Roy Schestowitz wrote:
> Lastly, also on the same issue, people's major complaint is
> that installtion in Linux _is not the same as_ installation
> in Windows.
> "I can't find control panel..."
> "I can't double-click to run this (untrusted) file I have
> just downloaded..."
> For all we know this could be an 'rm -rf /' script, which
> of course will run with the user logged in with Admin
> privileges (how else can a Windows user get anything
In the Windows operating environment, Administrator is an
expected operating mode for successful application operations:
| I have tried a couple times to set up a Windows XP computer
| for use by a family, creating Administrator class userids
| for the parents and restricted userids for children. Both
| cases failed because there were too many programs that did
| not function correctly when run by a restricted Windows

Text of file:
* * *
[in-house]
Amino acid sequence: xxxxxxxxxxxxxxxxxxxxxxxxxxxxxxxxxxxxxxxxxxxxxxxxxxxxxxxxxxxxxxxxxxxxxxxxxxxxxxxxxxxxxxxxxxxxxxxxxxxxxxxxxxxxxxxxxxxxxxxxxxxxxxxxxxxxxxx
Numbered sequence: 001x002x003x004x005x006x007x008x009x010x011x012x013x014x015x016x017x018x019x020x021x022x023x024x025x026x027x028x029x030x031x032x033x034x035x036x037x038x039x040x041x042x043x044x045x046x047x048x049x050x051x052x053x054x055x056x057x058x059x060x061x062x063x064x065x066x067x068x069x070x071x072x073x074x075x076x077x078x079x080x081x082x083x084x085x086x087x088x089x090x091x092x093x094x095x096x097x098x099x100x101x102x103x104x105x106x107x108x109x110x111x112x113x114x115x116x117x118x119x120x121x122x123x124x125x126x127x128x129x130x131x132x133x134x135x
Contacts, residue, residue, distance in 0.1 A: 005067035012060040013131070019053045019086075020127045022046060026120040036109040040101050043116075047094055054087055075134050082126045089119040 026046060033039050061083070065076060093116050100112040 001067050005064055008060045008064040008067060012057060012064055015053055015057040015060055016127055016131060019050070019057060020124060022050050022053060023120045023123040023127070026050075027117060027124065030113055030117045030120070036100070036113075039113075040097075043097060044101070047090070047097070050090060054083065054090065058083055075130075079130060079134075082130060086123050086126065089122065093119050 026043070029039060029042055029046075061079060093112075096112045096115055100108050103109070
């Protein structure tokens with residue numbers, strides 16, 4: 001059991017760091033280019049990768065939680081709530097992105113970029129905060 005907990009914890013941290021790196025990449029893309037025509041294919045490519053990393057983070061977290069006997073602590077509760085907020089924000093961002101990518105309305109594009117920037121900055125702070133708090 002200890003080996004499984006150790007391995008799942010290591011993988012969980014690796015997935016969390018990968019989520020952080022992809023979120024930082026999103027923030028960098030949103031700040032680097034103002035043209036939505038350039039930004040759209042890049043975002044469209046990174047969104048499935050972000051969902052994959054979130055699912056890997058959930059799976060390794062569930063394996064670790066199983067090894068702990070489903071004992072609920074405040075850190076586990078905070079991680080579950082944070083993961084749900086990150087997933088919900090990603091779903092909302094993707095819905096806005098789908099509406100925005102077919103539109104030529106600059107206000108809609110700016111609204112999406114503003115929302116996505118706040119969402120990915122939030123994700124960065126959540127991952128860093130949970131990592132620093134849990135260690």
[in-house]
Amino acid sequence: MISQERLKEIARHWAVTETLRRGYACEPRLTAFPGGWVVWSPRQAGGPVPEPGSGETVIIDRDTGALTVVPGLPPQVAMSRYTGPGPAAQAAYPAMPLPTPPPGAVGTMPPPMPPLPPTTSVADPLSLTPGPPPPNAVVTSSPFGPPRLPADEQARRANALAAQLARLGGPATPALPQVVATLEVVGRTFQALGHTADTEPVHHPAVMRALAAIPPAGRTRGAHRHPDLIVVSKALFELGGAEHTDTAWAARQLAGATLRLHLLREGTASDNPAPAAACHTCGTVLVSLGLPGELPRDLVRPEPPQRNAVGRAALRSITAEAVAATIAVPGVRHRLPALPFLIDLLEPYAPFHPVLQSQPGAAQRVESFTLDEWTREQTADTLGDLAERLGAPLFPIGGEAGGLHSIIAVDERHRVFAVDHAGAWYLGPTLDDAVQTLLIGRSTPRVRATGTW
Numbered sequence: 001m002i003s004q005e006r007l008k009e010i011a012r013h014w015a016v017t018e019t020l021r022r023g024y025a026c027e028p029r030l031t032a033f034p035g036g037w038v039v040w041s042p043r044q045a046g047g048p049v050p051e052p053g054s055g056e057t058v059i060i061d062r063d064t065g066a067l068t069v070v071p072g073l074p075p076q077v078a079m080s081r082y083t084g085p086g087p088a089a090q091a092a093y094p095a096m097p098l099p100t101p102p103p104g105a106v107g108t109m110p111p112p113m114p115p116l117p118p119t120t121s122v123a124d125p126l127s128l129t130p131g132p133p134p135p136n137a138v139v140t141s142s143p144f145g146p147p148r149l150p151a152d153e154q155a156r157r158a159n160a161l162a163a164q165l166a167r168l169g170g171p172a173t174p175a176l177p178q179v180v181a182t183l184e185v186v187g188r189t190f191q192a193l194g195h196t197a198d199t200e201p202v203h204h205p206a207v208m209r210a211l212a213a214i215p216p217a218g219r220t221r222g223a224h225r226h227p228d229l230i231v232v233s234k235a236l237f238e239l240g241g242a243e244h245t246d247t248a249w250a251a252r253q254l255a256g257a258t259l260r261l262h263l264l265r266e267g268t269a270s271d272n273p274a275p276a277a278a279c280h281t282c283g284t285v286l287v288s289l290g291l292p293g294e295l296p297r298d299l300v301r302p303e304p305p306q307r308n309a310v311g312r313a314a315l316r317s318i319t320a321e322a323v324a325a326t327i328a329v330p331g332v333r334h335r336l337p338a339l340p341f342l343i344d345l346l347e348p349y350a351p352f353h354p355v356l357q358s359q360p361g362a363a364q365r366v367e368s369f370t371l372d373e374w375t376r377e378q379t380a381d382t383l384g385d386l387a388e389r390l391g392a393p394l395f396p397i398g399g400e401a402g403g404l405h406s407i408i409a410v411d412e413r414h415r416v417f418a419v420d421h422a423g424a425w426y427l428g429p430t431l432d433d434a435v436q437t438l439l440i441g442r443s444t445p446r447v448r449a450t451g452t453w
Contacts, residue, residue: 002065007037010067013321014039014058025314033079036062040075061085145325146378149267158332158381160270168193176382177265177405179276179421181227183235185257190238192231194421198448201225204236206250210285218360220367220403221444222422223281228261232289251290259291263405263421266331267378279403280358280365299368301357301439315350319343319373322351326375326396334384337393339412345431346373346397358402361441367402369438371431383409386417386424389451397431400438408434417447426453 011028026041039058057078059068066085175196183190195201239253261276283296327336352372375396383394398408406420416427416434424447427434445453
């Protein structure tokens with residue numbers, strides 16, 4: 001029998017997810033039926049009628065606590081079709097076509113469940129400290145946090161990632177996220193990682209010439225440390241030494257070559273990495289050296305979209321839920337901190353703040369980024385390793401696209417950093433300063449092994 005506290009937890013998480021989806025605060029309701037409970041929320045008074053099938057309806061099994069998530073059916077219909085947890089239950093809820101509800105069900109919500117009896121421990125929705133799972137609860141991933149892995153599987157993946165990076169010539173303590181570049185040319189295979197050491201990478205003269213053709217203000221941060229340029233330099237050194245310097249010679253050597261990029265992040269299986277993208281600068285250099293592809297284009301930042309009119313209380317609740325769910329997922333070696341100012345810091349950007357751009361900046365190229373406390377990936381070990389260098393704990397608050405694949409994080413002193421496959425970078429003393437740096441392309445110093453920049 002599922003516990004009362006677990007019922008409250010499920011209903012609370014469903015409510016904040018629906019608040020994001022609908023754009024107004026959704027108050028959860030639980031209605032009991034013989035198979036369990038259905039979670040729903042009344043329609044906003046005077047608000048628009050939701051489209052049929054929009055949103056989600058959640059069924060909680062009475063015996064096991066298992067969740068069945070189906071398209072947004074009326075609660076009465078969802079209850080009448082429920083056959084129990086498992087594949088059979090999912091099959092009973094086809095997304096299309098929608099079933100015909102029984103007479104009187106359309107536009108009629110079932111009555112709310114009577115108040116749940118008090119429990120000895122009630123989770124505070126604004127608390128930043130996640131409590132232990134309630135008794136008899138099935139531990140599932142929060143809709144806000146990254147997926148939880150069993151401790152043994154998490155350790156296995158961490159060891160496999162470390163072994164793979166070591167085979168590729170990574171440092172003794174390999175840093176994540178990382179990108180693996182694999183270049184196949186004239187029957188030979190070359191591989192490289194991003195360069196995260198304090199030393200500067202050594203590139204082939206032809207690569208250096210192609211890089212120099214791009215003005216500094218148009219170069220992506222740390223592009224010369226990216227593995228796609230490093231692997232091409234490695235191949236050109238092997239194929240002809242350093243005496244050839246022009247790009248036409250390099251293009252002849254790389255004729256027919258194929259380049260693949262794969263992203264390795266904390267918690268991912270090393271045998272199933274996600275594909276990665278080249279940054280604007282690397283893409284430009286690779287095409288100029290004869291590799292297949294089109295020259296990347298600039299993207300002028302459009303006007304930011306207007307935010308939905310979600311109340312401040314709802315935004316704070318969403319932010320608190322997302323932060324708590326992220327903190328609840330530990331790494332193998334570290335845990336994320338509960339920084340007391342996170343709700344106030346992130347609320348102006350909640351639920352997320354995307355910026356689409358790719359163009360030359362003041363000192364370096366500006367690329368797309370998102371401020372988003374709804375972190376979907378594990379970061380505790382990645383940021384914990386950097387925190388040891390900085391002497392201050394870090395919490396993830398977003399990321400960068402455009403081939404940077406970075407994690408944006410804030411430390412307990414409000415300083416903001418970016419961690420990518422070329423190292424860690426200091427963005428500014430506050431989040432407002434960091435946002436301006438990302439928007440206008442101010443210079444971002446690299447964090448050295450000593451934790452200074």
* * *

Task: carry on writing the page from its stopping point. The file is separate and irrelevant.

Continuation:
| user (more details here). While Linux has supported the
| concept of root and restricted users from the get-go, this
| is a relatively new thing to Windows. It will be a long
| time before all Windows software is designed to be used by
| a restricted user. Until then, viruses and malware will
| have free reign on Windows machines. Certainly software
| written for Windows 95, 98 and Me expects total system
| access and may not work when run from a restricted userid.
I found this to be true. Unfortunately, many applications in
Windows XP require operating with Administrator privileges.
This is why in XP Home Edition, I operate as Administrator.
Levels are restrictive enough in Home Ed, that one cannot simply
operate as User. Installation of browser plug-ins and plug-in
files require Administrator, same with game play.
However, I acknowledge that Mr. "Vista can operate
satisfactorially with significantly less than what Microsoft
recommends" and "security is a binary issue" (oops! "concern")
will tend to disagree.